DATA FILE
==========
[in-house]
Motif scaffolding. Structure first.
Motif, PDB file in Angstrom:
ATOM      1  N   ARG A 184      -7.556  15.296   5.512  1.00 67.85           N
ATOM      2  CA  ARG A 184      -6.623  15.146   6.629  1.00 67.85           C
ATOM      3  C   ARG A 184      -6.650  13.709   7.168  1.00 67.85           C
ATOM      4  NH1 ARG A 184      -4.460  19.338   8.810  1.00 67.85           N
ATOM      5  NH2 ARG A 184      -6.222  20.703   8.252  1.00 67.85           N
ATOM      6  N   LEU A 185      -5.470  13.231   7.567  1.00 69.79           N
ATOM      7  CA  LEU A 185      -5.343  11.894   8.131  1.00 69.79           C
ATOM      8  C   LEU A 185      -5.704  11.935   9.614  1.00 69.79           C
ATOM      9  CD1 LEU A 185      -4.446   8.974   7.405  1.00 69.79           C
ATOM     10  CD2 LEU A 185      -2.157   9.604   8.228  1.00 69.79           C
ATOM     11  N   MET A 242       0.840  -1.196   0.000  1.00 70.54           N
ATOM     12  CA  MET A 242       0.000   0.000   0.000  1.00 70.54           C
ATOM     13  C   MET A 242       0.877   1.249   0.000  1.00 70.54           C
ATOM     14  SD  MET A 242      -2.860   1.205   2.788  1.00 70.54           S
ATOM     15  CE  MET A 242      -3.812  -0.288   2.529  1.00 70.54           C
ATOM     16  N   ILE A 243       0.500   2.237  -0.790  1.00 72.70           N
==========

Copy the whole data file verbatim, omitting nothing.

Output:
[in-house]
Motif scaffolding. Structure first.
Motif, PDB file in Angstrom:
ATOM      1  N   ARG A 184      -7.556  15.296   5.512  1.00 67.85           N
ATOM      2  CA  ARG A 184      -6.623  15.146   6.629  1.00 67.85           C
ATOM      3  C   ARG A 184      -6.650  13.709   7.168  1.00 67.85           C
ATOM      4  NH1 ARG A 184      -4.460  19.338   8.810  1.00 67.85           N
ATOM      5  NH2 ARG A 184      -6.222  20.703   8.252  1.00 67.85           N
ATOM      6  N   LEU A 185      -5.470  13.231   7.567  1.00 69.79           N
ATOM      7  CA  LEU A 185      -5.343  11.894   8.131  1.00 69.79           C
ATOM      8  C   LEU A 185      -5.704  11.935   9.614  1.00 69.79           C
ATOM      9  CD1 LEU A 185      -4.446   8.974   7.405  1.00 69.79           C
ATOM     10  CD2 LEU A 185      -2.157   9.604   8.228  1.00 69.79           C
ATOM     11  N   MET A 242       0.840  -1.196   0.000  1.00 70.54           N
ATOM     12  CA  MET A 242       0.000   0.000   0.000  1.00 70.54           C
ATOM     13  C   MET A 242       0.877   1.249   0.000  1.00 70.54           C
ATOM     14  SD  MET A 242      -2.860   1.205   2.788  1.00 70.54           S
ATOM     15  CE  MET A 242      -3.812  -0.288   2.529  1.00 70.54           C
ATOM     16  N   ILE A 243       0.500   2.237  -0.790  1.00 72.70           N